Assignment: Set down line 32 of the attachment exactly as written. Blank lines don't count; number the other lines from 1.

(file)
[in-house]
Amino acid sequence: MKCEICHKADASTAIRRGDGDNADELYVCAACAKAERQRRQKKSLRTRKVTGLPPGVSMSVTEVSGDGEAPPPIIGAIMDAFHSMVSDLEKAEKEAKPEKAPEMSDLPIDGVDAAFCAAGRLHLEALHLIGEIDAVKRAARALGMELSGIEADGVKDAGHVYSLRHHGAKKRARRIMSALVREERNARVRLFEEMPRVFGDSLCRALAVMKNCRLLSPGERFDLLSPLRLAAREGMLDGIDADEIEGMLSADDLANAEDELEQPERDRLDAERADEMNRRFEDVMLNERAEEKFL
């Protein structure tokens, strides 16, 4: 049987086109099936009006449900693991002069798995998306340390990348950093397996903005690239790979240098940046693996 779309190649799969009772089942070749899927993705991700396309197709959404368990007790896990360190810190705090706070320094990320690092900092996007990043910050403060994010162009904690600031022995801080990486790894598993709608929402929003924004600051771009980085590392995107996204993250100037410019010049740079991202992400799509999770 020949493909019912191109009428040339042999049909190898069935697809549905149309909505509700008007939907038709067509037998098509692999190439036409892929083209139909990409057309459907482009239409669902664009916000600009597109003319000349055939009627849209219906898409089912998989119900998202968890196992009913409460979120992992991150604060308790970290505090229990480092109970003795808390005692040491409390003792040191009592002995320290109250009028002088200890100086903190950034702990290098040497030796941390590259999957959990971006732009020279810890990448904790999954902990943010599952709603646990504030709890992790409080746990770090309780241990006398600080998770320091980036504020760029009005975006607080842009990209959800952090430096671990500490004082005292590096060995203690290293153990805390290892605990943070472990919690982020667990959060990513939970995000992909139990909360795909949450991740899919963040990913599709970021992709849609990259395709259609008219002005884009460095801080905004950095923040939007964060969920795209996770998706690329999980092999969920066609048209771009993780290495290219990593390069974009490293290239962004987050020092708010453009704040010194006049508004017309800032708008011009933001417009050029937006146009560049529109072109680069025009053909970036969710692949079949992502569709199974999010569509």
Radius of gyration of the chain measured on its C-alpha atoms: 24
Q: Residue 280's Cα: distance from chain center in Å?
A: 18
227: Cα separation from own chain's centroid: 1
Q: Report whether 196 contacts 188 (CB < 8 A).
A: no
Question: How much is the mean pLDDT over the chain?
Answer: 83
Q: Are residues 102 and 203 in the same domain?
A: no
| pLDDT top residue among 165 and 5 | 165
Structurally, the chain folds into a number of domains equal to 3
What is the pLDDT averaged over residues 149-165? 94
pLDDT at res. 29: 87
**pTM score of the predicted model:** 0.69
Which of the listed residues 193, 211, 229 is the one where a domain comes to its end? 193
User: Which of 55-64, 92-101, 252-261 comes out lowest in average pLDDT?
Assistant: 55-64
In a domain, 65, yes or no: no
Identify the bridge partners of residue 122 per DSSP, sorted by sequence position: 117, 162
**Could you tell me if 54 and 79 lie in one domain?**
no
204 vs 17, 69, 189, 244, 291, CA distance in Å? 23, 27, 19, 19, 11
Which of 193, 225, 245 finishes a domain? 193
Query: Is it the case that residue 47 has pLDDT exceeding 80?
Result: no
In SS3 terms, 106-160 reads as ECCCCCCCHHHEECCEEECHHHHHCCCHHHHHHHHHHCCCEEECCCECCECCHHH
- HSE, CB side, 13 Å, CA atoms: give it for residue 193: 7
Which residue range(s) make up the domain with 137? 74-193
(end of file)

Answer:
Which residue range(s) make up the domain with 137? 74-193